2) In my opinion, the Comprehensible Input that I had of French at school never amounted to anything greater than my CI of Polish at home. French classes in those days were about 60 minutes in length (not the 5-6 hours you mentioned in your blog). Where as the authentic conversations at home in Polish were greater than 60 minutes. Additionally, not all of the French I was exposed to at school was comprehensible (in fact much wasn’t in those days). However, my comprehension of (aural) Polish at home was far greater.

    3) I learned French under the grammarian method. Whereas as my exposure to and use of Polish was authentic and meaningful, and more in line with the communicative/experiential approach of the mid 90’s. My ability to output in my L1 dramatically decreased over the years due to lack of practice and exercise, in my opinion. I simply was no longer able to fluently express myself verbally in my L1.

    4) You wrote: “By the end of Grade 12, he says he was “more proficient in L3 than L1.” He attributes this to being able to speak more French than Polish.”

    I said I was more *proficient* in my L3 than L1 because I could read, speak, write and understand (aurally) French with greater understanding in the 5 language competencies than I could in my L1 at that time. In fact, I have practically zero ability with writing in my L1, yet somehow I could sound out some words when reading in my L1.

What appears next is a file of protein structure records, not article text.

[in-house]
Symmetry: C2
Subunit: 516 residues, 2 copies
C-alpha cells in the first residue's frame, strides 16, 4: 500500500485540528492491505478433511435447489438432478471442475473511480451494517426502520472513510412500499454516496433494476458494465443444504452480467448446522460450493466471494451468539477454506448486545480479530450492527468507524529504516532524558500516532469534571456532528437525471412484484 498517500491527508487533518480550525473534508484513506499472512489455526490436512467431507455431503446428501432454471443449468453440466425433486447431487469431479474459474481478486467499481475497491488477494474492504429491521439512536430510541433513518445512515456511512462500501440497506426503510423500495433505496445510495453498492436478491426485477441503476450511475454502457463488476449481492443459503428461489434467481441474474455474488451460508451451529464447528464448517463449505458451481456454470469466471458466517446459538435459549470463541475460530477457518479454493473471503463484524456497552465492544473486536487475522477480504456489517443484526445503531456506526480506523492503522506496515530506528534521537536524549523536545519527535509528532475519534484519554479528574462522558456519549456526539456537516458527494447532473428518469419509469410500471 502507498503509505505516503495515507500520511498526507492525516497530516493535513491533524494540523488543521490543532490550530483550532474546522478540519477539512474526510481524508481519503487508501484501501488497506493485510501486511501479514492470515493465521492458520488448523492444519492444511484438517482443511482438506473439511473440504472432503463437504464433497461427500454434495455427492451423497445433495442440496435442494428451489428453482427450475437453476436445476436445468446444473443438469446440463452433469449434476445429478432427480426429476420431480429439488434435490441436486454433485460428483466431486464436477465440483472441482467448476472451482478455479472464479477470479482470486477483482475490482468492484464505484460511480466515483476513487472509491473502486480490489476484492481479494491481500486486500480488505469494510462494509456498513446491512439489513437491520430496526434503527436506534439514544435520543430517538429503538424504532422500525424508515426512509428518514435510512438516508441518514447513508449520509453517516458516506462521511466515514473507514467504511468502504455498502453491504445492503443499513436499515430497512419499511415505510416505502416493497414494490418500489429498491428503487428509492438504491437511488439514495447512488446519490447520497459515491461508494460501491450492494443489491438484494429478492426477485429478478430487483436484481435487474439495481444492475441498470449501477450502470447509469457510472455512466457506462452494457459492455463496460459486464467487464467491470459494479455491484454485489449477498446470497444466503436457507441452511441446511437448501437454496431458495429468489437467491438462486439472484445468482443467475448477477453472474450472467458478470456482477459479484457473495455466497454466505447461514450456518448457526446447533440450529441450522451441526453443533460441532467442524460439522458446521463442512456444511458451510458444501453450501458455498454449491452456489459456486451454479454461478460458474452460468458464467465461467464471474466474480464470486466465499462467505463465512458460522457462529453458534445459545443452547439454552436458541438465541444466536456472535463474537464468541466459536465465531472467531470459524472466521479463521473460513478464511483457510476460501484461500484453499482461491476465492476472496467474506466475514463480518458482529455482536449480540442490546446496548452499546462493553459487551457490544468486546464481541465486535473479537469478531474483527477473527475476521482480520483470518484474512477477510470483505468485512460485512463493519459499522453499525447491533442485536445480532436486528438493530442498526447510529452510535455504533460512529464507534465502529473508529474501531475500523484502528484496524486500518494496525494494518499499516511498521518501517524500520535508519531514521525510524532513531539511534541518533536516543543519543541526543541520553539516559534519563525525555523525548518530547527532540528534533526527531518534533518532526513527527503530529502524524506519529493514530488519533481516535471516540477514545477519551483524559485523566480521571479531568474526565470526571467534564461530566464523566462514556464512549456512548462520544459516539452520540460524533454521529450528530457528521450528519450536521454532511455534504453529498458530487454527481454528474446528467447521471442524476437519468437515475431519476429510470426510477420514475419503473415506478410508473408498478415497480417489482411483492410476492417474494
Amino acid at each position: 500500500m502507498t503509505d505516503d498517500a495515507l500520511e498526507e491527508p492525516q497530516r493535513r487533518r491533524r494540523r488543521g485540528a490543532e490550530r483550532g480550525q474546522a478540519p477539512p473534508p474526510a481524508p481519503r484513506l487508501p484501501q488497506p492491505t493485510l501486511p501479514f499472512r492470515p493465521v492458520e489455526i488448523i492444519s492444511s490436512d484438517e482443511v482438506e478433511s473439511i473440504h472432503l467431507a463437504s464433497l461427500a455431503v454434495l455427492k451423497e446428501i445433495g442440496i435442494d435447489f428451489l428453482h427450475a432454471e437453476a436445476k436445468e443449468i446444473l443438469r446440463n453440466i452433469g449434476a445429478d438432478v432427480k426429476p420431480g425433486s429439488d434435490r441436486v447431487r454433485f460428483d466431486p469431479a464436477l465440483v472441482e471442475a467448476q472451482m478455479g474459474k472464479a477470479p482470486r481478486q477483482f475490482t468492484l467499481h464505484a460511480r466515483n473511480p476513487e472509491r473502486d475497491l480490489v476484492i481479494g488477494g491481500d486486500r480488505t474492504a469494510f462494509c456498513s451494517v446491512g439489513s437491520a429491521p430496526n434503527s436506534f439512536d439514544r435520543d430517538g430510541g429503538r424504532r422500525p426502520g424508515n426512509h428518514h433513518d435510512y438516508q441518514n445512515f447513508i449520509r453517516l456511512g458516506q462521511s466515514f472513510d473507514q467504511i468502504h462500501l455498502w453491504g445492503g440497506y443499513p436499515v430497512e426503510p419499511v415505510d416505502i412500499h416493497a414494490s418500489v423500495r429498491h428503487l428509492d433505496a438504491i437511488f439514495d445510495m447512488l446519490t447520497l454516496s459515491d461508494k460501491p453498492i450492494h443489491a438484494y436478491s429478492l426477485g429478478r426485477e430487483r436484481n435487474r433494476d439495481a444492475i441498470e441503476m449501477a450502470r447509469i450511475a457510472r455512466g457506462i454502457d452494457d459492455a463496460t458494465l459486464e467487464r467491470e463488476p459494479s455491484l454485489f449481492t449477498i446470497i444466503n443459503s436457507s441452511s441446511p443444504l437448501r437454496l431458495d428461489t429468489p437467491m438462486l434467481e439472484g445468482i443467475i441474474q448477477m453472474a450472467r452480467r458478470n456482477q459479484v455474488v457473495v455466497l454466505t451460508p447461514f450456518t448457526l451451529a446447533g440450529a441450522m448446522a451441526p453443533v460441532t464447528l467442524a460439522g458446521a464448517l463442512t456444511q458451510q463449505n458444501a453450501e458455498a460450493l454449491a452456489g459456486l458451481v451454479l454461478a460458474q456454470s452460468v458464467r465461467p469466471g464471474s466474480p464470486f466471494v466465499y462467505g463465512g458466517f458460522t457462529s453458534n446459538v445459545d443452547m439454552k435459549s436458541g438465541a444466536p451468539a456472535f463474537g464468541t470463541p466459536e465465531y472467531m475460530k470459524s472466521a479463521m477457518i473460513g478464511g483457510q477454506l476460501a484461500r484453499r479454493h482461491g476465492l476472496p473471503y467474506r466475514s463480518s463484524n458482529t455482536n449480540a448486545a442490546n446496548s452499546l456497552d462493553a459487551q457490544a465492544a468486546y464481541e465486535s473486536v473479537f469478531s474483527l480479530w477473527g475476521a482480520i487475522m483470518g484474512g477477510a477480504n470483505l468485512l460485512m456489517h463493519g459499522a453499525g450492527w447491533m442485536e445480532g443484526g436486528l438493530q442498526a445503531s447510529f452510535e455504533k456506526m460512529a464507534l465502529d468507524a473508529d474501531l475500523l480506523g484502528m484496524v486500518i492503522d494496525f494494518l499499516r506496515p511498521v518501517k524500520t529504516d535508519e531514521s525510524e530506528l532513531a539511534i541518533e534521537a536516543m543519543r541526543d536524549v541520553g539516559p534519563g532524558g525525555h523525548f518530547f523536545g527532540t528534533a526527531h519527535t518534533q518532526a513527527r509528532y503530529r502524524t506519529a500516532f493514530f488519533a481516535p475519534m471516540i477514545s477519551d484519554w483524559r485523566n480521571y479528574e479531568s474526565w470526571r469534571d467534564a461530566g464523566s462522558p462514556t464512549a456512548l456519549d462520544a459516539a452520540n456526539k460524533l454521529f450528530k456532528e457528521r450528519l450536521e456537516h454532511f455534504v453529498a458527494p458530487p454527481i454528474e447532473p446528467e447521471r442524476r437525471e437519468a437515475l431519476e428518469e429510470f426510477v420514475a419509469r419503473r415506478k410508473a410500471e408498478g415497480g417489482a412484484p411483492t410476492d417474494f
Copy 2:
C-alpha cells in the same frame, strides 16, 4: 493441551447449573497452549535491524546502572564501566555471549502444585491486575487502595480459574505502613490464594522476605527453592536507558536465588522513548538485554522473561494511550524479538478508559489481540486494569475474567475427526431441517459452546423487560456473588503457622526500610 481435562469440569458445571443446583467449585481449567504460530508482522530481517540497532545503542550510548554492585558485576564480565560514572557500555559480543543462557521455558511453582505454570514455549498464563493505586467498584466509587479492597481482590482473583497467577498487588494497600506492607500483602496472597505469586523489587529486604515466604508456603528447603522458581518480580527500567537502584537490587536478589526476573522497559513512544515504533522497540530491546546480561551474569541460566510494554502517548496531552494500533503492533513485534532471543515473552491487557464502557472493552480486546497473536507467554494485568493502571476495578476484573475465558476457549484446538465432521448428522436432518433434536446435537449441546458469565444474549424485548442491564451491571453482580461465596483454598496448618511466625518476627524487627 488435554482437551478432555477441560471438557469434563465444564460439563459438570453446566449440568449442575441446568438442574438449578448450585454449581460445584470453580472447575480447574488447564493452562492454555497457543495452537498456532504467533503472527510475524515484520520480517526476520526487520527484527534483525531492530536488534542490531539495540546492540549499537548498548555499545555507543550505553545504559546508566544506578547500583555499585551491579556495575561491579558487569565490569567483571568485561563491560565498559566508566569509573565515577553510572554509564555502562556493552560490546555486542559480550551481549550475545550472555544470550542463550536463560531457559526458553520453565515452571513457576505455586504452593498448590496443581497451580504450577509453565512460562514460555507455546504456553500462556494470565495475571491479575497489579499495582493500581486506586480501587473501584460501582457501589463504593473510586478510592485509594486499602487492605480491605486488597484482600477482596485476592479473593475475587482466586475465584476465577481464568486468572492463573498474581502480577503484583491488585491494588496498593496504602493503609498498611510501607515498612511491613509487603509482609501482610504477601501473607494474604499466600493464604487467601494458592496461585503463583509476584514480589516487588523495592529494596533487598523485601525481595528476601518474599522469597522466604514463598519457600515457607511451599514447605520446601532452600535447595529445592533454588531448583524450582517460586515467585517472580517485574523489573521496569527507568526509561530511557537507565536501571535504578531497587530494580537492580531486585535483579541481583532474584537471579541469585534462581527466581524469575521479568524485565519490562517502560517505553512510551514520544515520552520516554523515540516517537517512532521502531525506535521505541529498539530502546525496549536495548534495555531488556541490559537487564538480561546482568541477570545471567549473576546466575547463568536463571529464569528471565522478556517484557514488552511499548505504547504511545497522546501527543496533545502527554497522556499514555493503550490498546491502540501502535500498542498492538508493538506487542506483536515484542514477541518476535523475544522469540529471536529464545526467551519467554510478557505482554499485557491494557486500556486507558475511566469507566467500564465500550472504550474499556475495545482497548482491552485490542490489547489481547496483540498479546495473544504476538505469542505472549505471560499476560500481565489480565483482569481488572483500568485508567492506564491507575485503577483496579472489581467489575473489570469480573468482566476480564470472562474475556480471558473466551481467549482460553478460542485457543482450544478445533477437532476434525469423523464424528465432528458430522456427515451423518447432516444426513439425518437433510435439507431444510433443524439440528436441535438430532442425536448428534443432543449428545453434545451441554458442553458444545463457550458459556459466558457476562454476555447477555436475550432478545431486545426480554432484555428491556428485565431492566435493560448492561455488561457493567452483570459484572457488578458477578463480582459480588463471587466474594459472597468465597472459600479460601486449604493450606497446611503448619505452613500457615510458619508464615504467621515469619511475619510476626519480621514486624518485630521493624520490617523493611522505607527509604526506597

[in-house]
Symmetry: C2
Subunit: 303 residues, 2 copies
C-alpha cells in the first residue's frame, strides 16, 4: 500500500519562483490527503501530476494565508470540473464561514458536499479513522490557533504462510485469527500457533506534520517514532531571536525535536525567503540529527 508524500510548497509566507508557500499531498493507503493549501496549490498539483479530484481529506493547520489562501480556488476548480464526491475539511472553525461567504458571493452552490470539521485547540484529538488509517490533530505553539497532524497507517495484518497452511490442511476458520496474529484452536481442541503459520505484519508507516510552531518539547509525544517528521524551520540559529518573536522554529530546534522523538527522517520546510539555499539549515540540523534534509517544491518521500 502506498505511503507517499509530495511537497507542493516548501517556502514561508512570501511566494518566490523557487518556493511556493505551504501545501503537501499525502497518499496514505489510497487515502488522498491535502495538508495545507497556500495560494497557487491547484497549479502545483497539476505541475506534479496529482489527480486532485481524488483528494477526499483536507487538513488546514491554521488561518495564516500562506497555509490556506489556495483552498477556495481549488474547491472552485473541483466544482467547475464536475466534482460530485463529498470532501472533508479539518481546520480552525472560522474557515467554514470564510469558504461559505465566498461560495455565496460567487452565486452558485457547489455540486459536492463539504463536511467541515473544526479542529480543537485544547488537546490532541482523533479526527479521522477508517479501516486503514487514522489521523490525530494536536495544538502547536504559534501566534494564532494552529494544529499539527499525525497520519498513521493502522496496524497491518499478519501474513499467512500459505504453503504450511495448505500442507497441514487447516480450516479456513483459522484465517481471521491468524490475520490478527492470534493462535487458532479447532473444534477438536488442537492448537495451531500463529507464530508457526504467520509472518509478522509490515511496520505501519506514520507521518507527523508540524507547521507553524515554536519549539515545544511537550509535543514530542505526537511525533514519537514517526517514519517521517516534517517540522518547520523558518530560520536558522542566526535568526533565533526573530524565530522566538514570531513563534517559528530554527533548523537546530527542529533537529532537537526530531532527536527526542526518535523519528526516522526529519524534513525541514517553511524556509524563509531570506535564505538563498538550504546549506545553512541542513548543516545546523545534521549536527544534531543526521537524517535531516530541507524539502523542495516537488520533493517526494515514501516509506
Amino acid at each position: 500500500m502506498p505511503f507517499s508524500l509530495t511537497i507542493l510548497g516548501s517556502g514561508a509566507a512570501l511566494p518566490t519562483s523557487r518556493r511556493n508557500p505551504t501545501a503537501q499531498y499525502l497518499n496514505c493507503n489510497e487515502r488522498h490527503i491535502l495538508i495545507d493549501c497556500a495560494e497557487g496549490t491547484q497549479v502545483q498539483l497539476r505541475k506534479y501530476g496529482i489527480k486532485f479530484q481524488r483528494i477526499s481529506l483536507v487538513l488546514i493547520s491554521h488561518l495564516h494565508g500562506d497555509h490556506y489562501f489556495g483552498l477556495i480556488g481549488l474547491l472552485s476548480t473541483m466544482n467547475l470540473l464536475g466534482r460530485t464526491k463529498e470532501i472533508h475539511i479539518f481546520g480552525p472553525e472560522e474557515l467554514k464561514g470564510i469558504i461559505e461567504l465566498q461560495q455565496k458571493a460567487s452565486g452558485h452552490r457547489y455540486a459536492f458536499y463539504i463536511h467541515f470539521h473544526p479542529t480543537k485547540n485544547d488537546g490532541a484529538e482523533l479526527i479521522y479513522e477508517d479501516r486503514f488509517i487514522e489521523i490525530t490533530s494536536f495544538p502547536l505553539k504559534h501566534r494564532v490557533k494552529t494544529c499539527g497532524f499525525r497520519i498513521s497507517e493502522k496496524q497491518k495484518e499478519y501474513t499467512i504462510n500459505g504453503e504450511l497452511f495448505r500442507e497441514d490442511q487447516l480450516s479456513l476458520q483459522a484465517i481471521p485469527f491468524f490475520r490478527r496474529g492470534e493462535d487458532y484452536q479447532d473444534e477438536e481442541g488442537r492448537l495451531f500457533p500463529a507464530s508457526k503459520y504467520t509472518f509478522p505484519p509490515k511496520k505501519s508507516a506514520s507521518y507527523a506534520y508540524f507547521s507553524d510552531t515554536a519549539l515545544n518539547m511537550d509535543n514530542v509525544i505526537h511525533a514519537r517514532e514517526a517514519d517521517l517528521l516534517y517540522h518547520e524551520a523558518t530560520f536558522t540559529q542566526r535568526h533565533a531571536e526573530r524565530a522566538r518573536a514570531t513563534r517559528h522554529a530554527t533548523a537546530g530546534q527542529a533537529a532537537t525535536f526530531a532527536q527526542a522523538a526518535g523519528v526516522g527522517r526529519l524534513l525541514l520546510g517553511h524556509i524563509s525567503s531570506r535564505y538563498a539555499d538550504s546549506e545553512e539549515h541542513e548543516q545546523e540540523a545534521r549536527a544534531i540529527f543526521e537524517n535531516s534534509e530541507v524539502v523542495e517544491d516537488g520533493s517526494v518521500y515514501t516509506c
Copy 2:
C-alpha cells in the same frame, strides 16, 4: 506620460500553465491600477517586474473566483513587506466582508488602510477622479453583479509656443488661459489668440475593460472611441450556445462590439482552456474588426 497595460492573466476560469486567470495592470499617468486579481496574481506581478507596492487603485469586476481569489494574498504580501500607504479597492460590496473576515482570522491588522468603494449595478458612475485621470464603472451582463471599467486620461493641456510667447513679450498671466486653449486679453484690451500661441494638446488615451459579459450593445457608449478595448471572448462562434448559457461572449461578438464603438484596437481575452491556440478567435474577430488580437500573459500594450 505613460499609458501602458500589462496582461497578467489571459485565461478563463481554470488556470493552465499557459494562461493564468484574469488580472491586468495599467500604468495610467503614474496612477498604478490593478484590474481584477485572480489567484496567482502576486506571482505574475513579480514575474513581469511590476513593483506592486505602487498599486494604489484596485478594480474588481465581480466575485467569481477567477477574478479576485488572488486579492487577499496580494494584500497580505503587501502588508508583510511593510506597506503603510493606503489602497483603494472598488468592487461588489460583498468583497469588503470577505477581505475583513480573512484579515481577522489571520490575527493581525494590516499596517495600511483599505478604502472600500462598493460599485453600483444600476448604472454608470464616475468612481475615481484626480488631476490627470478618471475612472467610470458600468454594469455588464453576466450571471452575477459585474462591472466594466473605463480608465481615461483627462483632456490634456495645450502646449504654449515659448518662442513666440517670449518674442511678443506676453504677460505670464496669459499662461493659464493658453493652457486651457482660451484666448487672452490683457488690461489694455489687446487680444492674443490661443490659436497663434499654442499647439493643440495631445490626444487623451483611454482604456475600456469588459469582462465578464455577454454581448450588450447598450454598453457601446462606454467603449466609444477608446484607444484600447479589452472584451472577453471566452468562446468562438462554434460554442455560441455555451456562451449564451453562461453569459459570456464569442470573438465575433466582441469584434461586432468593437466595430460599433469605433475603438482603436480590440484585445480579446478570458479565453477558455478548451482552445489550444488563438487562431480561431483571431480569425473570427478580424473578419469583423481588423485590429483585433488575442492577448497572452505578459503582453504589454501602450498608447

The point here, is I used the term *proficient*. Proficiency is different than language acquisition. My understanding of proficiency of a language requires that a student/user be able to produce (or output) with the language, as well as have good CI.

    I do not disagree with you that language acquisition needs lots and lots of comprehensible input. However, language acquisition and language proficiency are not the same thing, in my opinion.

    1. You didn’t get Polish L1 reading. This might explain why you don’t feel like you are that good at reading and writing in it.

      There is research on this question (can L2+ competencies overtake L1s?) and the answer is “yes.” E.g. English learners of Spanish (who read a lot) have demonstrated greater vocabulary than native Soanish speakers who do not read. (There are other such studies)

      The point however remains: is it “practice” or speaking or writing which develops competence? The research says that there will only be limited effects for output practice at the highest levels of language acquisition, with input doing quite literally 95% of the work.

      We have really good Canadian rsearch on this– see my entry on the Lightbrown et al “The New Brunswick E.S.L. Study”